“At the time that we were starting to understand photobiomodulation, almost all the scientific evidence coming out used laser light at the red and near-infrared end of the spectrum. That’s fine in a lab but the question that people had was, how can you translate into the clinical arena? Health and beauty technology companies saw commercial potential for this but very quickly, they realized they couldn't use lasers because there's no way we're going to be able to make a laser safe enough to be purchased by members of the public. At the time, LED seemed to have a similar enough wavelength to be passable but when they tried to back-engineer the technology, almost always when they compared that with early laser light, they found that LED wasn't nearly as effective as laser light,” Glass explains.

The mark-up for LED-based products was huge because LEDs were cheap, plentiful and used a low power supply, so it stands to reason that LED light-based therapy became popular in beauty tech products partly through expediency and partly exploiting the economics. “It was hugely profitable so the marketing guys started working overtime to convince people that it was actually the same thing, which of course, it wasn't. LED light does not penetrate skin in the way that laser light does.”

LYMA skincare dr graeme red light

Why LED can’t do anything for long-term skin renewal

LEDs contain none of the transformative, regenerative powers of their LLLT counterparts. Their wavy, far weaker light structure makes them a surface-level solution, entirely ineffectual for skin regeneration deep down.

“We’ve had LEDs in our homes for over two decades and they’re perfect for this because their light radiates into the room, scattering everywhere, even bouncing off the curtains,” says LYMA Founder Lucy Goff.

“You wouldn’t want a light that could travel through thick surfaces for that, otherwise you’d lose it. But LED cannot penetrate through thick surfaces, so it stays in the room right where you want it. The same LEDs used in Christmas tree lights and your kids' night lights are what is in cosmetic skin devices such as Nira, they’re simple technology that’s safe and cheap. The problem is that when it hits a dense surface like the skin, it can't penetrate through to any significant extent.”

What do LED face masks do for skin?

To be blunt, not all that much. LED is a scattered light source with wavelengths that disperse in all directions, bouncing off all the surfaces it meets, it simply doesn’t have the correct linear structure to travel. In fact, that’s why LED light therapy has an excellent safety profile - because it doesn’t travel into the body in any way. “You are going to get some response with LED because it’s light in the red spectrum, especially in the epidermis which is very thin, and LED light doesn't need to be particularly penetrant to cover the epidermis,” Dr Glass specifies. “However, I would say the cosmetic tech manufacturers of these LED face masks are really taking liberties because there is nothing different from an LED bulb used in cosmetic face masks from an LED which is used to produce a nice little light show in your children's bedroom. Not even brighter bulbs, it's exactly the same technology.”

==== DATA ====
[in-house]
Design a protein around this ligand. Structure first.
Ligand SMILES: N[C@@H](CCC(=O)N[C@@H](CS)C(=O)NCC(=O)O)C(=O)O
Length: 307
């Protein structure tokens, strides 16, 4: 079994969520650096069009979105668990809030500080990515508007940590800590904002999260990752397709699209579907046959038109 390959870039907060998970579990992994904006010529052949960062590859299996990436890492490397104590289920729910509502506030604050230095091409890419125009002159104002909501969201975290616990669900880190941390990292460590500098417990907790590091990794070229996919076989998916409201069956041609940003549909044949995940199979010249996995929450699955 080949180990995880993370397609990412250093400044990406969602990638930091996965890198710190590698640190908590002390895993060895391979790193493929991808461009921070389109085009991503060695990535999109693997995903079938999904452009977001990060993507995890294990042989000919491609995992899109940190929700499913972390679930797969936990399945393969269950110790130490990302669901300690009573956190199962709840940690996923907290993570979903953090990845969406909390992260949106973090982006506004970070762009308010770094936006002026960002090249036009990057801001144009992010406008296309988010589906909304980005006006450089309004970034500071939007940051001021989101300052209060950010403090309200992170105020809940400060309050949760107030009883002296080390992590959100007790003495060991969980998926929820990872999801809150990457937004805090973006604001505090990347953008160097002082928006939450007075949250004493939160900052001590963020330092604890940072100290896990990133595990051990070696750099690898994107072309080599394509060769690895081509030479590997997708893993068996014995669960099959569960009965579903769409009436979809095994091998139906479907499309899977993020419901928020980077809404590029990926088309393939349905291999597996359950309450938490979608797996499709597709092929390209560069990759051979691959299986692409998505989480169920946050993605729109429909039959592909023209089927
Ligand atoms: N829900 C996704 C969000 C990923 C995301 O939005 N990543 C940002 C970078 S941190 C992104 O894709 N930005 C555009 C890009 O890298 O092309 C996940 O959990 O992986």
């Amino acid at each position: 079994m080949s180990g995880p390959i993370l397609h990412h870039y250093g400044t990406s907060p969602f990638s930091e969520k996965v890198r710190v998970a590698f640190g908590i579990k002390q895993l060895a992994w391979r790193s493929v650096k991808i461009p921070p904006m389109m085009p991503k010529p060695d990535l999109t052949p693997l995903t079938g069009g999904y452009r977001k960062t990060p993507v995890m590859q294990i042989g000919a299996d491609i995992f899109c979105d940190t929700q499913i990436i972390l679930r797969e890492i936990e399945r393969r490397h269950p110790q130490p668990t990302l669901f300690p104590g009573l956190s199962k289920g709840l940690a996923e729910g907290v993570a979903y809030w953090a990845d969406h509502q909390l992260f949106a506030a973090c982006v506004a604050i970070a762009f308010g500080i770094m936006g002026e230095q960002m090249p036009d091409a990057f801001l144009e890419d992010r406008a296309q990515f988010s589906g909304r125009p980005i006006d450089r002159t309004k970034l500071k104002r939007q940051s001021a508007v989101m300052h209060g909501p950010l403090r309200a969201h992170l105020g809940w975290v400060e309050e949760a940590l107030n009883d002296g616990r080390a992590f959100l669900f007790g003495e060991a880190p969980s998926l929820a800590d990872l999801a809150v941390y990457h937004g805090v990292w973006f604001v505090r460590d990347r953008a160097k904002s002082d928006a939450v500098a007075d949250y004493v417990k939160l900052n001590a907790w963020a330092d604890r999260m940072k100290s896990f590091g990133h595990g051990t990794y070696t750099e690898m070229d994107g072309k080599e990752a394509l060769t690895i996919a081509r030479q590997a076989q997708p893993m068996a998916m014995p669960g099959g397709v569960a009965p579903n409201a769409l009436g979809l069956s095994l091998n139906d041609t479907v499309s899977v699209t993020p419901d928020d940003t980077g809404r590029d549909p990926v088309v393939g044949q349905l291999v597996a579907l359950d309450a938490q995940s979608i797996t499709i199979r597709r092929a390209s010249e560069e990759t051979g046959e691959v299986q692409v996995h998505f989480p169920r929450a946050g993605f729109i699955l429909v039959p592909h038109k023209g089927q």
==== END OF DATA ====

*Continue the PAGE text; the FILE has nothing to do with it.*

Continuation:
LYMA red laser

The best light therapy for remodelling and regeneration

As Dr Graeme Glass lays it out, “If we wish to improve wrinkles, we have to go to the dermis, which is where most of the active processes within the skin happen. Only a tiny amount of LED light can reach those layers and by the time it gets there, it's not enough to produce the kind of effect that we wish to see. So whilst an LED-based light mask can give you the appearance of a superficial glow, it can't actually make the structural differences to your skin needed to improve wrinkles and the appearance of scars. We can understand why LEDs were developed in this way because at the time we had no alternative light source to use, but now we do. If you want to use something that can actually get into the active dermal layer of the skin, then you need to completely change the type of light source. You need a low-level near-infrared laser light.”

Only near-infrared laser light is capable of zero damage skin transformation

“The important thing to know is that laser sets itself apart from every other light source,” says Dr Graeme Glass. “Near-infrared laser light is like a pin-point; piercing through dense surfaces without losing power. Hence why the near-infrared laser light in the LYMA Laser is capable of such incredible regenerative photobiomodulation.” The LYMA Laser stands in its own category as a completely cold, low-level laser light scientifically proven to accelerate tissue regeneration that you can use yourself from the comfort of your own home, office, bed, back of a taxi…private jet. Technology developed for medical rehabilitation, now in your hands for incredible skin rejuvenation. Call it LLLT, call it PBMT if you so prefer, call it full on revolutionary.